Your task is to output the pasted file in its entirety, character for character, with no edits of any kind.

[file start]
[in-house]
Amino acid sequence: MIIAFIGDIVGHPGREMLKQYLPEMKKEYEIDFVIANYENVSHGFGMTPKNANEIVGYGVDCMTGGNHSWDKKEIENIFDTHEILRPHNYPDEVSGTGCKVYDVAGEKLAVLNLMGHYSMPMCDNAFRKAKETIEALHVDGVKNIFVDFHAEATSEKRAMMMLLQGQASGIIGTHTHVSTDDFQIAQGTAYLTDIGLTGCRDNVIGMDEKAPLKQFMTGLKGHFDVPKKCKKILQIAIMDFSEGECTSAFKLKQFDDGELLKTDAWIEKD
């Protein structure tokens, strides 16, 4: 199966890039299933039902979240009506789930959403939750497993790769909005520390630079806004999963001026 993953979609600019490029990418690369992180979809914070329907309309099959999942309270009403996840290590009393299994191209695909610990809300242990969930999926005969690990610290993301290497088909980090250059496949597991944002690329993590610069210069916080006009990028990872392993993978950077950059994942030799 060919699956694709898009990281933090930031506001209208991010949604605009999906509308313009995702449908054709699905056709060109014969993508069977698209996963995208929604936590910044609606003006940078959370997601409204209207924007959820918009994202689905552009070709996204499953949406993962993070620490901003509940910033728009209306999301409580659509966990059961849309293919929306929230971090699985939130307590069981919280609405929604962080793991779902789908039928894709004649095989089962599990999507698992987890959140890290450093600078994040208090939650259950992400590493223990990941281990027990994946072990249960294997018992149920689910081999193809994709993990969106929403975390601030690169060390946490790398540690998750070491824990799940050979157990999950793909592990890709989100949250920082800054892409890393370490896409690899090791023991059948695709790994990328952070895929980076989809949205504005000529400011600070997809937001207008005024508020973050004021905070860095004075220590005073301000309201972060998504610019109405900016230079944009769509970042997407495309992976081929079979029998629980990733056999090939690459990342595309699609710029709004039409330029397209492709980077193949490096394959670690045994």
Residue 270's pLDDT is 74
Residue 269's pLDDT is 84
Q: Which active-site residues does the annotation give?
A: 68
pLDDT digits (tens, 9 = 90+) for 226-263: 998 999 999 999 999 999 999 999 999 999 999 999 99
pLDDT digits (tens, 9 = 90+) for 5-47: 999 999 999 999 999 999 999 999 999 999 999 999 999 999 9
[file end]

[in-house]
Amino acid sequence: MIIAFIGDIVGHPGREMLKQYLPEMKKEYEIDFVIANYENVSHGFGMTPKNANEIVGYGVDCMTGGNHSWDKKEIENIFDTHEILRPHNYPDEVSGTGCKVYDVAGEKLAVLNLMGHYSMPMCDNAFRKAKETIEALHVDGVKNIFVDFHAEATSEKRAMMMLLQGQASGIIGTHTHVSTDDFQIAQGTAYLTDIGLTGCRDNVIGMDEKAPLKQFMTGLKGHFDVPKKCKKILQIAIMDFSEGECTSAFKLKQFDDGELLKTDAWIEKD
């Protein structure tokens, strides 16, 4: 199966890039299933039902979240009506789930959403939750497993790769909005520390630079806004999963001026 993953979609600019490029990418690369992180979809914070329907309309099959999942309270009403996840290590009393299994191209695909610990809300242990969930999926005969690990610290993301290497088909980090250059496949597991944002690329993590610069210069916080006009990028990872392993993978950077950059994942030799 060919699956694709898009990281933090930031506001209208991010949604605009999906509308313009995702449908054709699905056709060109014969993508069977698209996963995208929604936590910044609606003006940078959370997601409204209207924007959820918009994202689905552009070709996204499953949406993962993070620490901003509940910033728009209306999301409580659509966990059961849309293919929306929230971090699985939130307590069981919280609405929604962080793991779902789908039928894709004649095989089962599990999507698992987890959140890290450093600078994040208090939650259950992400590493223990990941281990027990994946072990249960294997018992149920689910081999193809994709993990969106929403975390601030690169060390946490790398540690998750070491824990799940050979157990999950793909592990890709989100949250920082800054892409890393370490896409690899090791023991059948695709790994990328952070895929980076989809949205504005000529400011600070997809937001207008005024508020973050004021905070860095004075220590005073301000309201972060998504610019109405900016230079944009769509970042997407495309992976081929079979029998629980990733056999090939690459990342595309699609710029709004039409330029397209492709980077193949490096394959670690045994």
Residue 270's pLDDT is 74
Residue 269's pLDDT is 84
Q: Which active-site residues does the annotation give?
A: 68
pLDDT digits (tens, 9 = 90+) for 226-263: 998 999 999 999 999 999 999 999 999 999 999 999 99
pLDDT digits (tens, 9 = 90+) for 5-47: 999 999 999 999 999 999 999 999 999 999 999 999 999 999 9